But no matter how vigorous the leadership of government, we can fully restore the physical soundness of our nation only if every American is willing to assume responsibility for his own fitness and the fitness of his children. We do not live in a regimented society where men are forced to live their lives in the interest of the state. We are, all of us, as free to direct the activities of our bodies as we are to pursue the objects of our thought. But if we are to retain this freedom, for ourselves and for generations to come, then we must also be willing to work for the physical toughness on which the courage and intelligence and skill of man so largely depend.

All of us must consider our own responsibilities for the physical vigor of our children and of the young men and women of our community. We do not want our children to become a generation of spectators. Rather, we want each of them to be a participant in the vigorous life.

The Physically Soft American

Like many of you reading this, I remember the Presidential Physical Fitness Test. I didn’t score real well. Not surprising being that my nickname was CP (Chubby & Porky). I watched classmates smoke me on pull-ups and almost lap me on the one-mile run.

If that were to happen today, many parents would keep their kids from showing up for the test, wanting to avoid them feeling like they’re not fit enough. The reality was, I wasn’t fit enough. More kids than ever aren’t fit enough.

But, instead of having them face that reality, the Presidential Physical Fitness Test is no more. It was eliminated between the Clinton and Obama eras. Maybe they thought it was better to have overweight kids think they’re healthy. I’m glad that wasn’t the case when I was a kid.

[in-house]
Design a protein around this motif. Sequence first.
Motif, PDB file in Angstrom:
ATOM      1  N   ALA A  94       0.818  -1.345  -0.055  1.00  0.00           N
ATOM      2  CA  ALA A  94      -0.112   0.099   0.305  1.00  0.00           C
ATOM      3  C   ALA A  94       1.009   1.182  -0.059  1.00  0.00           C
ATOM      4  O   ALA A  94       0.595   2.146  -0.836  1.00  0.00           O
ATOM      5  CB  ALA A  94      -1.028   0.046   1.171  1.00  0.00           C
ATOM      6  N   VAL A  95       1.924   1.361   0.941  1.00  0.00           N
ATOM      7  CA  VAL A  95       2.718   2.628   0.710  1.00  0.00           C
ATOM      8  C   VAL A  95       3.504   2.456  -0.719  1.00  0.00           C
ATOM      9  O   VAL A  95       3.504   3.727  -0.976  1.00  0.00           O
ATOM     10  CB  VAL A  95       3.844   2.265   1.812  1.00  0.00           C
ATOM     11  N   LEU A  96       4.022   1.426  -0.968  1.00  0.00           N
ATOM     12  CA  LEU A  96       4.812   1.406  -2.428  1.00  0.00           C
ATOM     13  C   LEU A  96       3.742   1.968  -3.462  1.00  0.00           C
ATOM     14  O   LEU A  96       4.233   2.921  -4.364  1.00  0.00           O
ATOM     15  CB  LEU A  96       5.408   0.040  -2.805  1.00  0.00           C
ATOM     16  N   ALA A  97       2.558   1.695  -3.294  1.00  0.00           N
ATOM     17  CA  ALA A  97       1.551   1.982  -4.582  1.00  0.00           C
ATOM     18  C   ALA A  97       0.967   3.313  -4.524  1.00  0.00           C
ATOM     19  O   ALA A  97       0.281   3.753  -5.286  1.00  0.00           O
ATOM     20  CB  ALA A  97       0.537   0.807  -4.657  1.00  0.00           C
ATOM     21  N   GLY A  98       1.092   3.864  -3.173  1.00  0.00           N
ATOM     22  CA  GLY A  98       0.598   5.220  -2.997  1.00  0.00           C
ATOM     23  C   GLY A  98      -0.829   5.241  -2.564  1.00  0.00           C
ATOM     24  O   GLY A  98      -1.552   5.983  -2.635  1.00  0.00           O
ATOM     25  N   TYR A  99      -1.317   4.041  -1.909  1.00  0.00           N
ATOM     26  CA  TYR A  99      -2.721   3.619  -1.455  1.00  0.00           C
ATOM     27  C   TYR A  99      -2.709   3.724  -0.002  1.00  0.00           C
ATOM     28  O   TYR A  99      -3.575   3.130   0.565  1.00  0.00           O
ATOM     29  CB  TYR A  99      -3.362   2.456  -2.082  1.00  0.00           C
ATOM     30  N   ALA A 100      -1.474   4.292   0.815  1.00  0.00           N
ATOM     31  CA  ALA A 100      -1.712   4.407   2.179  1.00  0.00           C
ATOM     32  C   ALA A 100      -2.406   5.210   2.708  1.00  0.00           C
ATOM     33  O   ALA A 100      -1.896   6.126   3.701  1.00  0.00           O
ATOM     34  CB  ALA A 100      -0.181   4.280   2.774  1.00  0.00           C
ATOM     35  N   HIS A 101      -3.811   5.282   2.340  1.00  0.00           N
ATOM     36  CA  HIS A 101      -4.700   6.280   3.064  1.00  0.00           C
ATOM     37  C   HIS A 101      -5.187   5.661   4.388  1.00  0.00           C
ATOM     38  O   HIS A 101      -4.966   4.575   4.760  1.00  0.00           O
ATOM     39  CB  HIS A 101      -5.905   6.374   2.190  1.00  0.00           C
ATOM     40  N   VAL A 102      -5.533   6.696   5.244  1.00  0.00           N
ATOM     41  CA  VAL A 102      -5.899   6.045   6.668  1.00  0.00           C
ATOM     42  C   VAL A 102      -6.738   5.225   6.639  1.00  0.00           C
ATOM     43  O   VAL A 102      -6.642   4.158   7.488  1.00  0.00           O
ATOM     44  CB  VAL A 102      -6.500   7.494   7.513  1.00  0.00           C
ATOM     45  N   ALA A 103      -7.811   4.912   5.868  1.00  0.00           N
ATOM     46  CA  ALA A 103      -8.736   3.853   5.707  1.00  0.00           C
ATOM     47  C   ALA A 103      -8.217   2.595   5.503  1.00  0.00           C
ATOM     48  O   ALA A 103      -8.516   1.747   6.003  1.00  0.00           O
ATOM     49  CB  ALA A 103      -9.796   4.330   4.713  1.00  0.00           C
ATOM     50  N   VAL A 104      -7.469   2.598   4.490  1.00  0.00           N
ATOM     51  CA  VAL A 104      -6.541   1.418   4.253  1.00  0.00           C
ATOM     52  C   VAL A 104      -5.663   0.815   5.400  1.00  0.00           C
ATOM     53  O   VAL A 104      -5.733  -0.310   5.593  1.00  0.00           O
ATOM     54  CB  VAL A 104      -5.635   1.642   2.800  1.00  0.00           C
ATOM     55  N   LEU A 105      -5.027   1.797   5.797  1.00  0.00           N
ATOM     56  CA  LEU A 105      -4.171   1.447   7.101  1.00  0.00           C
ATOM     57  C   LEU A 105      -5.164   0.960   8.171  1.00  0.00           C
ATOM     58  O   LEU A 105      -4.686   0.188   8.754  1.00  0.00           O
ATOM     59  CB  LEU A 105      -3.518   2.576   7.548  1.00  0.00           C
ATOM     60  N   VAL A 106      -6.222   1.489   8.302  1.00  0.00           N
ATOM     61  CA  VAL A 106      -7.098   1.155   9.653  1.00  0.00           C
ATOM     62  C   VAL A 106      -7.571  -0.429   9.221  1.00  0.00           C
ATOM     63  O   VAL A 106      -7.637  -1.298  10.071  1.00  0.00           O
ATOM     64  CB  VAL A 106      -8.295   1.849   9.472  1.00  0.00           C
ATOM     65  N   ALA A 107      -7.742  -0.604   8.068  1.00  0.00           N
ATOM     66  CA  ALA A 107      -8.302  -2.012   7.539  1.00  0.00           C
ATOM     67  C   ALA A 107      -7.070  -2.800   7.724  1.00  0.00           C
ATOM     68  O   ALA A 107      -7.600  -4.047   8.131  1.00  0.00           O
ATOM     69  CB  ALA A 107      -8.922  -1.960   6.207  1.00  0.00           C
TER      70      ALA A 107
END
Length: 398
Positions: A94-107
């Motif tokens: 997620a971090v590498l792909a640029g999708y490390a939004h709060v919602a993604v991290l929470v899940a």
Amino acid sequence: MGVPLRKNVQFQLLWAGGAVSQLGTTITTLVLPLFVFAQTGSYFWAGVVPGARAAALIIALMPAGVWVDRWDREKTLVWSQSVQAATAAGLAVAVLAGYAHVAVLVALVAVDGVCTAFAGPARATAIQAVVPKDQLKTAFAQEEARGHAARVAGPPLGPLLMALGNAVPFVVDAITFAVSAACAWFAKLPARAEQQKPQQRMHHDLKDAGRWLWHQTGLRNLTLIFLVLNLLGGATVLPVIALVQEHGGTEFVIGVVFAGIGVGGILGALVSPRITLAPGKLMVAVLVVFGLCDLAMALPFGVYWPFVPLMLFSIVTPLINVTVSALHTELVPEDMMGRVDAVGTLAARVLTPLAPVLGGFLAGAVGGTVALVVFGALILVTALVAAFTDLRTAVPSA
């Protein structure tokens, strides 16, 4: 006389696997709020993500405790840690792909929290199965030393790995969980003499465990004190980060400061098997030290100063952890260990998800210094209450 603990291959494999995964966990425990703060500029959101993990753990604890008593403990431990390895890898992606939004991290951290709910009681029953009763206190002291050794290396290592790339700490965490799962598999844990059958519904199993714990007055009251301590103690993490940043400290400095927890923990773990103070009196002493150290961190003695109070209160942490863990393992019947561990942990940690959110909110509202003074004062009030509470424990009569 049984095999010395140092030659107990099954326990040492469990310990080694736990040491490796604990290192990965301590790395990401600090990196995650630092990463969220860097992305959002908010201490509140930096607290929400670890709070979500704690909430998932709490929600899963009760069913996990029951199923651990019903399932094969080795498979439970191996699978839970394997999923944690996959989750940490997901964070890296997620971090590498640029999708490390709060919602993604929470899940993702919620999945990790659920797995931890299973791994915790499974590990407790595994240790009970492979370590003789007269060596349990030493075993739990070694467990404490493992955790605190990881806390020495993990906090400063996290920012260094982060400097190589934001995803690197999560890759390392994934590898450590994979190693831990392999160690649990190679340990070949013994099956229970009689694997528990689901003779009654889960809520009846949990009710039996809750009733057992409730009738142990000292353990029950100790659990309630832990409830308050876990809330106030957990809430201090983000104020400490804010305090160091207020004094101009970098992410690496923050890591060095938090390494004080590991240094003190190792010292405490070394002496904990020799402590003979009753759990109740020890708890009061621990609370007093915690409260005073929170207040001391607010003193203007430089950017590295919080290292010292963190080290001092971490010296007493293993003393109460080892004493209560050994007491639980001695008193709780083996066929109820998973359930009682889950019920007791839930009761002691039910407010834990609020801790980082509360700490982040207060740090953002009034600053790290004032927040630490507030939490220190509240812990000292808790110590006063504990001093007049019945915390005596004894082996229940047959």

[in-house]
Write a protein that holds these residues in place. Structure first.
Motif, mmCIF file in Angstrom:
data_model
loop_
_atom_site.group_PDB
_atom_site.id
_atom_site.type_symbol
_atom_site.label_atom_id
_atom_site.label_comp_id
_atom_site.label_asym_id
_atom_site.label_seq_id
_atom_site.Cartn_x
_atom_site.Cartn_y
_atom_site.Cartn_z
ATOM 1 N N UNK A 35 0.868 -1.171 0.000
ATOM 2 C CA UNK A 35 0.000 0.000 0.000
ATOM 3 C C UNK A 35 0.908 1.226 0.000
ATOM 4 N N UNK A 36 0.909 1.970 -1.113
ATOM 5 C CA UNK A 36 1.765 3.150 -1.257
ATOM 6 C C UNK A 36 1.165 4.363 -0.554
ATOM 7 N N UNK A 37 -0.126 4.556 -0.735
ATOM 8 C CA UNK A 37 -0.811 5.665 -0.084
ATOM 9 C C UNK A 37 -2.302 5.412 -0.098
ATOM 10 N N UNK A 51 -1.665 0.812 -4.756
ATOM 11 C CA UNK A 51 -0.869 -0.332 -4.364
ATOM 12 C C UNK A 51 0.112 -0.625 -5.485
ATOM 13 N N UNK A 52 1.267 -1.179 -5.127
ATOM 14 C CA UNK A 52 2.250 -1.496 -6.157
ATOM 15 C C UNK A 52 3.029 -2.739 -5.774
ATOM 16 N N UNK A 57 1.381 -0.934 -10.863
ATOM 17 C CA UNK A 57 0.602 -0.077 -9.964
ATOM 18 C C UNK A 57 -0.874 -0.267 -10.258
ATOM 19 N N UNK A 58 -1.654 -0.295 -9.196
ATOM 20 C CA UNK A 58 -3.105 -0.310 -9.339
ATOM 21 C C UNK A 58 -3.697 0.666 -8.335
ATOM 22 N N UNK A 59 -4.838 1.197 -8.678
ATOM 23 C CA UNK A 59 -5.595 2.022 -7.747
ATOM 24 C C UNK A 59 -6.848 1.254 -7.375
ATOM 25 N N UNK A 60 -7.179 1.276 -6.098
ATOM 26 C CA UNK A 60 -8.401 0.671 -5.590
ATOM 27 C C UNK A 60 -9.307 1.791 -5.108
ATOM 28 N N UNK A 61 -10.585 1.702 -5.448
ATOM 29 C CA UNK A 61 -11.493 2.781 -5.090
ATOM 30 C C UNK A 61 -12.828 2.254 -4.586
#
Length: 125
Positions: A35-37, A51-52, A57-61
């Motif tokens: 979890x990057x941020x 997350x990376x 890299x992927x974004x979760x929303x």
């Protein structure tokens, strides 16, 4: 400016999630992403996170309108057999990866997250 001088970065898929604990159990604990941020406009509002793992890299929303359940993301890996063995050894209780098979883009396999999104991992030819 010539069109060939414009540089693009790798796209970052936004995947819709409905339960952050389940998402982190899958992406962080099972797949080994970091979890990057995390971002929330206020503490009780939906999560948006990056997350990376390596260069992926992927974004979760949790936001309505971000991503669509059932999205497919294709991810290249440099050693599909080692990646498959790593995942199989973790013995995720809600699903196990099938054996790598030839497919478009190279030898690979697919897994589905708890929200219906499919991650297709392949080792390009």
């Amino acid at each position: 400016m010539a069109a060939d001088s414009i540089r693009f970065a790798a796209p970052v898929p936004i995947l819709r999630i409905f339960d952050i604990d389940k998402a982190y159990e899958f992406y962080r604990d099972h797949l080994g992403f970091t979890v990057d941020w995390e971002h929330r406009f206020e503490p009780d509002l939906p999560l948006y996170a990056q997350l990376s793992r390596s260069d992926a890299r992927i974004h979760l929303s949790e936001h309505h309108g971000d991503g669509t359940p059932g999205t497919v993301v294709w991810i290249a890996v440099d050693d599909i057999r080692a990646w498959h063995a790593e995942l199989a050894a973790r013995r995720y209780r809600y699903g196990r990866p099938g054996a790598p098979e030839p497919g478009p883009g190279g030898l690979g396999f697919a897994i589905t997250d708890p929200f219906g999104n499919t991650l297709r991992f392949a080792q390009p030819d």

The same theme has taken over adulthood, where any suggestion that being overweight or obese increases your risk of disease and death is classified as “fat shaming.” I’m sure some will suggest this blog post is fat-shaming too. If so, I’ll be in good company. In 2017, Vice published an article suggesting JFK’s Sports Illustrated article above was fat-shaming too.

In an effort to protect people’s feelings, we avoid facing the facts. If you’re overweight or obese, you significantly increase your risk of disease and death. In almost every case, you have the opportunity to do something about it, too. It might require more effort and a connection with the right doctor for some people, but a healthy and fit body isn’t out of reach for anyone. That’s a fact.

The Virus and Our Vulnerability

Early on in the COVID Circus, it became apparent that overweight or obese people, or those with diabetes or heart disease were among the most vulnerable. That’s a significant portion of the population.

What was the solution presented by both presidential administrations? Mask up and stay away from other people until there’s a vaccine. Oh, and now that there’s a vaccine, mask up and stay away from other people, especially if their among the filthy souls who remain unvaccinated.

Trump still boasts of his Operation Warp Speed project to get the experimental vaccines in the arms of Americans. It took less than a year to accomplish. You know what else takes less than a year to accomplish?

Going from obese or overweight to healthy and fit. It also takes less than a year to dramatically decrease the effects of heart disease. Though it takes more effort and time than getting a jab in the arm, getting fit and healthy provides far more benefit than the vaccine. Not just in terms of personal health, but also in terms of productivity, satisfaction in life, and as Kenney pointed out long ago, the example we set for future generations: